Debussy’s “Golliwog’s Cake Walk” from the ‘Children’s Corner’
Debussy and early jazz stand hand in hand with a music that is the successor to the earlier period of the Romantics – Chopin, Liszt, Wagner, et.al. Ari Kast has said in his book, ‘Stride Piano Tricks’; “…it is early jazz, not 20th century so-called ‘classical’ music, that is the true successor to the western classical music tradition.” The ‘Cake Walk’ began the ‘raggedy rhythm’ of ragtime and the ‘rags’ of Scott Joplin, and that led to the early jazz of Fats Waller, James P. Johnson, Louis Armstrong, et.al.
Golliwog’s Cake Walk is in the key of ‘E-flat’ major and begins on the dominant (V) with the characteristic interval, the minor 7th, ‘A-flat’. The half-diminished chords following show the diminished 5th, ‘C-flat’, the minor 3rd, ‘A-flat’, and the minor 7th, ‘E-flat’.
Some theorists regard the ‘F’ and ‘G’ in the bass as a ‘cluster’. That doesn’t say much about what it really is – a 9th with a 3rd above. Call them ‘major’ if you like.
Measures 10 and 11 show elements of the half-diminished super-tonic over the tonic (I). What is heard however, is a strong ‘E-flat’ tonic with a ninth, ‘F’, an 11th, ‘A-flat’ and a minor 13th, ‘C-flat’. There is no minor 7th, a characteristic interval of the dominant (x), so it remains major with its characteristic interval of a major 3rd, ‘G’, a complex sound that must be heard for what it is.
Measure 14, ‘C’ is the 13th (6th) above the root, ‘E-flat’, and ‘C-flat’ in the following measure is a minor 13th. Listen to these changes.
Measure 22 moves up to a major chord on the mediant (III), then in measures 24 we see a dominant (x) on the super-tonic (II) with its characteristic intervals of the major 3rd, ‘A-natural’ and the minor 7th, ‘E-flat’. The line ends on a major dominant (V).
The next line continues on the dominant (V) then moves on to the tonic (I), ‘E-flat’ major with the 3rd, ‘G’ on the bottom.
The following line is basically over the dominant (V), ‘B-flat’. The first chord shows a dominant (x9/11) chord where ‘A-flat’ is the minor 7th, ‘C’ is the 9th, and ‘E-flat’ the 11th. Measure 32 has a movement from the minor 7th ‘A-flat’ to the 13th, ‘G’. The minor 7th ‘A-flat’ will have to be assumed, but the upper chord tones are the 9th, 11th and 13th jazz elements.
The following lines have been analyzed in previous similar measures.
Measure 47 takes a modulation to the key of the lowered mediant ‘bIII’, ‘G-flat’ major, up a minor 3rd from the former root, ‘E-flat’. The ‘grace’ notes may be thought more of ‘crushed’ notes rather than the more dignified ‘grace’ notes. The right hand parts in measure 48 are over a strong ‘G-flat’ bass so may be designated as a 9th, ‘A-flat’, the 11th, ‘C-flat’, then following, an augmented 9th, ‘A-natural’, and an augmented 11th, ‘C-natural’, along with the characteristic interval of a major chord, the major 7th, ‘F’. Be sure to listen to these harmonies and their characteristic intervals. It’s a lot of detail, but that’s the new harmony of Debussy.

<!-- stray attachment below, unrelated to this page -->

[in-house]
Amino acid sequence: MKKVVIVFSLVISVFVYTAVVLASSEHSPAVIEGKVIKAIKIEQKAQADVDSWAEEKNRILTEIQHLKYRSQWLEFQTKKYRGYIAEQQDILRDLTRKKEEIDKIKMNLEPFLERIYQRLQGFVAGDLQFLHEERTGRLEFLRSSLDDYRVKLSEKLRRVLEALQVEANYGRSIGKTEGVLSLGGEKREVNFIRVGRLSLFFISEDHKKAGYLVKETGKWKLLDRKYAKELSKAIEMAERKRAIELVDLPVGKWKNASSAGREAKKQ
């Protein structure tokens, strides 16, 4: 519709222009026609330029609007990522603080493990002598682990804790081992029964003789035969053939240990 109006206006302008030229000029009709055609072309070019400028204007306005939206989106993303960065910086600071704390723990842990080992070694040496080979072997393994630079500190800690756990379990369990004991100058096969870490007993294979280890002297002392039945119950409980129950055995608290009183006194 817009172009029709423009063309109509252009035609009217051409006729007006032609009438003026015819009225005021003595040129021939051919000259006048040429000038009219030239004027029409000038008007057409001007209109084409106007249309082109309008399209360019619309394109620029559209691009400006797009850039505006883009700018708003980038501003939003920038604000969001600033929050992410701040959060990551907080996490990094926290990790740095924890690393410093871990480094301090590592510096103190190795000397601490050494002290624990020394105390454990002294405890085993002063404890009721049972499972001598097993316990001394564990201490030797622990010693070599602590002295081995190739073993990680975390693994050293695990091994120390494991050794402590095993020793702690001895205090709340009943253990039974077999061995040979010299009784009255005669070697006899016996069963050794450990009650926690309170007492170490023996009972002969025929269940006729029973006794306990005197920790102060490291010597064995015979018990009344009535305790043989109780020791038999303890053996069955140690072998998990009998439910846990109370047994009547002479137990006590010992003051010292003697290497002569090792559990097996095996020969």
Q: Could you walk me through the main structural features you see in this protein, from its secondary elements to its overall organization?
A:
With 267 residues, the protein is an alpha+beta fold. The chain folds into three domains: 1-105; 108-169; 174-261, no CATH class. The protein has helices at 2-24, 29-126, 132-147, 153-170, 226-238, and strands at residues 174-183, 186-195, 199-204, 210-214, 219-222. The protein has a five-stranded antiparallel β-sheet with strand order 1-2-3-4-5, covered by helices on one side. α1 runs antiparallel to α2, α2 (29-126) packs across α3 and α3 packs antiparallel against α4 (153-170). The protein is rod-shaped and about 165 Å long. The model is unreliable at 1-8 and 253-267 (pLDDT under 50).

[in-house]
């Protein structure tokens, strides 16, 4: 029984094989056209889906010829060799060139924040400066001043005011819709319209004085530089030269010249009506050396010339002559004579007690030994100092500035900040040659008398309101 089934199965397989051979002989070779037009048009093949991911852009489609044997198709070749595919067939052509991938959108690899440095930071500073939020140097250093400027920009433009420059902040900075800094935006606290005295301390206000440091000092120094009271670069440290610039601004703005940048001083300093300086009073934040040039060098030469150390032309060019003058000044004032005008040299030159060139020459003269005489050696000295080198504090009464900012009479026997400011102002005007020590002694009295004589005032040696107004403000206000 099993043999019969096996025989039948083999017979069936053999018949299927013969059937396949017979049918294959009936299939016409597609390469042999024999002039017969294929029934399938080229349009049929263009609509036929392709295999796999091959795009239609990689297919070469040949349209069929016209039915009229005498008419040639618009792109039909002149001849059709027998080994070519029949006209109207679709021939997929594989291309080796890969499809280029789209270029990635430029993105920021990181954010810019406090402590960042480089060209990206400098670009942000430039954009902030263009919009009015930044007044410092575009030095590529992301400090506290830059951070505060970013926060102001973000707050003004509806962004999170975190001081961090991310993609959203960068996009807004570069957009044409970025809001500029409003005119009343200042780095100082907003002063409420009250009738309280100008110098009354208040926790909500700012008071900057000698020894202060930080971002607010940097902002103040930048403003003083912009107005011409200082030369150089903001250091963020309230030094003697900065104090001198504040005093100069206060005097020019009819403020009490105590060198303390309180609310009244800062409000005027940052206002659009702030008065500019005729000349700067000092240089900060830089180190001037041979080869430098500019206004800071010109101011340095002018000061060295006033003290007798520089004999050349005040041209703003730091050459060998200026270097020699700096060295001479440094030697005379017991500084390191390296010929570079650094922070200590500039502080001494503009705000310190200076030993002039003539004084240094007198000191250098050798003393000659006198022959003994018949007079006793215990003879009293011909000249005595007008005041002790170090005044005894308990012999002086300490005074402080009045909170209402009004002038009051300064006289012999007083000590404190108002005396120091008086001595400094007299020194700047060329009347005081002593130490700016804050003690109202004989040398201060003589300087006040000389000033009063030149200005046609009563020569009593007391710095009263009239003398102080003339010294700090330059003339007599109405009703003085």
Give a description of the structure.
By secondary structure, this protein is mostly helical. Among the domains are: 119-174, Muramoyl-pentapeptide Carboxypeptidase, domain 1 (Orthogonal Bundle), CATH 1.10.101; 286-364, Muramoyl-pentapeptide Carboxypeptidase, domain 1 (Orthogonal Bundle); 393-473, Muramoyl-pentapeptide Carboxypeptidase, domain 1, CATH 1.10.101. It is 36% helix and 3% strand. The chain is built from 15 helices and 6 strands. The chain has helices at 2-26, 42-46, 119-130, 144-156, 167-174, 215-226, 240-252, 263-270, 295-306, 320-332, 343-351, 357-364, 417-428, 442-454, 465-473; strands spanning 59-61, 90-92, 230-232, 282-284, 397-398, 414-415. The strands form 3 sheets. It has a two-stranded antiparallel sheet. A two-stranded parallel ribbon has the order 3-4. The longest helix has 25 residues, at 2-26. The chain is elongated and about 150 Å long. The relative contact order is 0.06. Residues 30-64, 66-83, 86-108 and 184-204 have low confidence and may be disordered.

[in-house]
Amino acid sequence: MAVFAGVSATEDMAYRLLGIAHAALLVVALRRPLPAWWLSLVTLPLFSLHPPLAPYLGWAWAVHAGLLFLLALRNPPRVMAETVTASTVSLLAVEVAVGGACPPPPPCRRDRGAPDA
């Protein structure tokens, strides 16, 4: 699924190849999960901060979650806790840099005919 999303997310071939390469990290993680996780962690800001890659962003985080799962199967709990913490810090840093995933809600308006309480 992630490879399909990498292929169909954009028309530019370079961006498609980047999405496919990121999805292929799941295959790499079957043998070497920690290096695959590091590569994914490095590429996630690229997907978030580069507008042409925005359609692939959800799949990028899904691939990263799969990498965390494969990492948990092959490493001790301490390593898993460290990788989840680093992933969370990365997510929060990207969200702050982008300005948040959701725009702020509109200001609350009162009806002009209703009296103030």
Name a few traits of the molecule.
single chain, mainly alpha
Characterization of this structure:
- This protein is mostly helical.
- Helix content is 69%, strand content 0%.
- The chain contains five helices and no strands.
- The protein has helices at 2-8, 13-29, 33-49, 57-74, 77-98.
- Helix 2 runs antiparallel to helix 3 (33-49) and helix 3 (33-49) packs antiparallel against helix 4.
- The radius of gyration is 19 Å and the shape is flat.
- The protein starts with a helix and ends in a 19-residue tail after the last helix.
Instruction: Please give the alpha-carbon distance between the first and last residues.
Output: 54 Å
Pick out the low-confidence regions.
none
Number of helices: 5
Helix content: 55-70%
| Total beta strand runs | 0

The next three lines are similar.
Measures 62 shows a dominant (x) on ‘C’ at the end of the measure followed by a dominant (x) on ‘D-flat’ in measure 63. The 5th is in the bass. The minor 7th is ‘E-flat’ and the major 3rd is ‘F’, its characteristic intervals. ‘A-natural’ at the end of the line is a raised 5th that is tied to the following measure.
The ‘A-natural’ in the previous measure may be thought of as an augmented 5th moving to ‘F’ and ‘A-flat’, the 3rd and 5threspectively in measure 70. There is no 7th, ‘C-flat’, but the entire line is based on the dominant (x), with ‘C-flats’. The last chord however is based on the tonic (I) of ‘G-flat’ major without a root.
The following line is based on the dominant (x) and (V).
Measure 78 is based on the Tonic (I), ‘G-flat’ major. ‘D’ in measure 79 is the 5th of the chord, ‘A-natural’ and ‘C’ are the minor 9th and 11th of the chord, respectively. ‘B-flat’ is the major 3rd.
The chord in measure 81 is a sub-dominant chord (IV) ‘A-flat’, with the third, ‘C’ as the lower-most note.
The line at measure 82 is based on the dominant (x) and (V). ‘C-flat and ‘F’ on the second beat are the minor 7th and the major 3rd of the dominant (x), its characteristic intervals. The root, ‘D-flat’ is present in measure 82, and not in measure 83, but strongly in the rest of the line in the bass.
The analysis of the remainder has been covered earlier except measure 109 and 110 below.
Measure 109 contains a chord on the raised dominant (#V) ‘B’. Its identity is a dominant (x) with a 9th, ‘C-sharp’ and an eleventh, ‘E-natural’.
The chord at measure 110 moves down a semi-tone to the dominant (V) on ‘B-flat’. Its identity is also dominant (x) with a 9th, ‘C’. The minor 7th is ‘A-flat’ and the major 3rd is in the bass. Measure 111 forgoes the minor 7th that appears again in measure 113.
None of the above is valuable unless it is heard, and heard while practicing and performing. Playing ‘by ear’ is not only valuable, it’s a necessity.
Ralph Carroll Hedges, B.Ed., B.Mus., M.M.